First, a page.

Profile data

Decided this evening to grab some quick profile data for a uhd_fft.py,
running at 50Msps from a USRP2.

The kernel was occupied 41% of the time–no great surprise. Handling
interrupts, doing the network stack “stuff”.

The next largest chunk was libc (memcpy_sse) 12.5%
Then uhd (convert_sc8_item32_1_to_fcxx_1) 11.4%
Then libpython
9.8%
Then libgnuradio-core 7.5%

So, the big surprise there was that libpython was so high on the list,
since Python isn’t used in copying data within the flow-graph. I didn’t
get any symbol information for libpython, so I wonder what it is
doing all that time?


Marcus L.
Principal Investigator
Shirleys Bay Radio Astronomy Consortium
http://www.sbrac.org

On Tue, Jan 3, 2012 at 7:41 PM, Marcus D. Leech [email protected]
wrote:

Then libgnuradio-core 7.5%
Shirleys Bay Radio Astronomy Consortium
http://www.sbrac.org

The uhd_fft.py uses the wxPython GUI interface, which does most of its
work
in Python. Can you separate the symbols to see more specifically where
the
processing is happening?

Tom

The uhd_fft.py uses the wxPython GUI interface, which does most of its
work in Python. Can you separate the symbols to see more specifically
where the processing is happening?

Tom

I asked for symbols when I did the opreport, but for libpython, it
didn’t produce a by-symbol breakdown, which seemed a bit odd. Any magic
I need to do in opreport to make that happen?

Wrt: wxPython–don’t forget that the FFT display is heavily decimated
in the typical case, arranging for the FFT to be called only as often
as is required the maintain the desired display rate (a few Hz,
typically). But maybe that’s enough?


Marcus L.
Principal Investigator
Shirleys Bay Radio Astronomy Consortium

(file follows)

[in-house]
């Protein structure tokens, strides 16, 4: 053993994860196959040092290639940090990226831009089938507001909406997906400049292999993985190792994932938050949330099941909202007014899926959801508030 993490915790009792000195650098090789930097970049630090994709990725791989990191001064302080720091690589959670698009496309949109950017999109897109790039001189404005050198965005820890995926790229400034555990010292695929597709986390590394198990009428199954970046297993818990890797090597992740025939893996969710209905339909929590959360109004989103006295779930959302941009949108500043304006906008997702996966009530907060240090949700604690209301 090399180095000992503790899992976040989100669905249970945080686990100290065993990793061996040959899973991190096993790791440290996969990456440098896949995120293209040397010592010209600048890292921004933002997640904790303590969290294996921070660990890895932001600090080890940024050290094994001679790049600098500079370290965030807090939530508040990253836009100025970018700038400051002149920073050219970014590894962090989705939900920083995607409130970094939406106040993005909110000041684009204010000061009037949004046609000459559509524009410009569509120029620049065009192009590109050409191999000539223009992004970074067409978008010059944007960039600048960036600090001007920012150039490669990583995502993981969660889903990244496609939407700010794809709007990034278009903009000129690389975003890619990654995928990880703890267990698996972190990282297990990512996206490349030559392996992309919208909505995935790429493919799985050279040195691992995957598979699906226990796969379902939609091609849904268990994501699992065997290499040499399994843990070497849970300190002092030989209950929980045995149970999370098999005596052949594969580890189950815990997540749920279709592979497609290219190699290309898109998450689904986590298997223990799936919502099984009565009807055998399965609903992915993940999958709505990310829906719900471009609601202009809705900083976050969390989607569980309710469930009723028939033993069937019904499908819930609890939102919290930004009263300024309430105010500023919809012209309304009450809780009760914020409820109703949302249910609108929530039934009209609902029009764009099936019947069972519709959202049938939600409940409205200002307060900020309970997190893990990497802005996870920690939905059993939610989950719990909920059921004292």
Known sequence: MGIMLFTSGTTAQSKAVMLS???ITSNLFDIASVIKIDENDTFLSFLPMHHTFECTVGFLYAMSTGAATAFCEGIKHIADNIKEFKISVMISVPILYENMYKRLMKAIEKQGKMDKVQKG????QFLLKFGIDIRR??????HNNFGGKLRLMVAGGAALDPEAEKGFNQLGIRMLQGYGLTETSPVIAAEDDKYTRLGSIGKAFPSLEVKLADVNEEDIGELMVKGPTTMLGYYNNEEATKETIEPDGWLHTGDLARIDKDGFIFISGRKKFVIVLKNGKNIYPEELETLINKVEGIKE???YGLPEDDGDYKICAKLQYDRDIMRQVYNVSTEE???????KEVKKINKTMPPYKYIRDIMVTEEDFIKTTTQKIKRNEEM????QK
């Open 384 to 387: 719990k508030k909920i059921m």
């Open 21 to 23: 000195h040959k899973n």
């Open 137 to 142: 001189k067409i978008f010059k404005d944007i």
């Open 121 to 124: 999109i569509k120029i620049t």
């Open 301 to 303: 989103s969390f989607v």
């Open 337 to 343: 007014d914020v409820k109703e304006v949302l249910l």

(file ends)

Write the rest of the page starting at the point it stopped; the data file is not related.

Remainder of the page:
http://www.sbrac.org

On Tue, Jan 3, 2012 at 17:02, Marcus D. Leech [email protected] wrote:

Wrt: wxPython–don’t forget that the FFT display is heavily decimated in
the typical case, arranging for the FFT to be called only as often
as is required the maintain the desired display rate (a few Hz,
typically). But maybe that’s enough?

The wxPython FFT sink works by creating a FFT vectors, passing them (via
a
GR message queue) to a non-GR Python thread, which does some
processing/preparation and posts events to the wxPython window system
for
plotting.

It would be useful to rewrite this as a straight C++ GNU Radio app using
the QT widgets.

Johnathan

On Tue, Jan 3, 2012 at 8:02 PM, Marcus D. Leech [email protected]
wrote:

I need to do in opreport to make that happen?

Hm, probably have to build Python in debug mode to get the symbols out,
otherwise -l should do it for you with oprofile.

Wrt: wxPython–don’t forget that the FFT display is heavily decimated in
the typical case, arranging for the FFT to be called only as often
as is required the maintain the desired display rate (a few Hz,
typically). But maybe that’s enough?

I would guess that it’s still enough. More than that, it’s the only
thing
that Python is really doing at that point. We could create a duplicate
of
uhd_fft using the qtgui interface, instead (I actually have one in
https://github.com/trondeau/gr_apps called uhd_rx_qt.grc) to see what it
says. Since the qt-gui is all done in C++ libraries, there should be a
lot
less Python in that one.

I’d do it myself, but I have too many other things to get done tonight.

Tom

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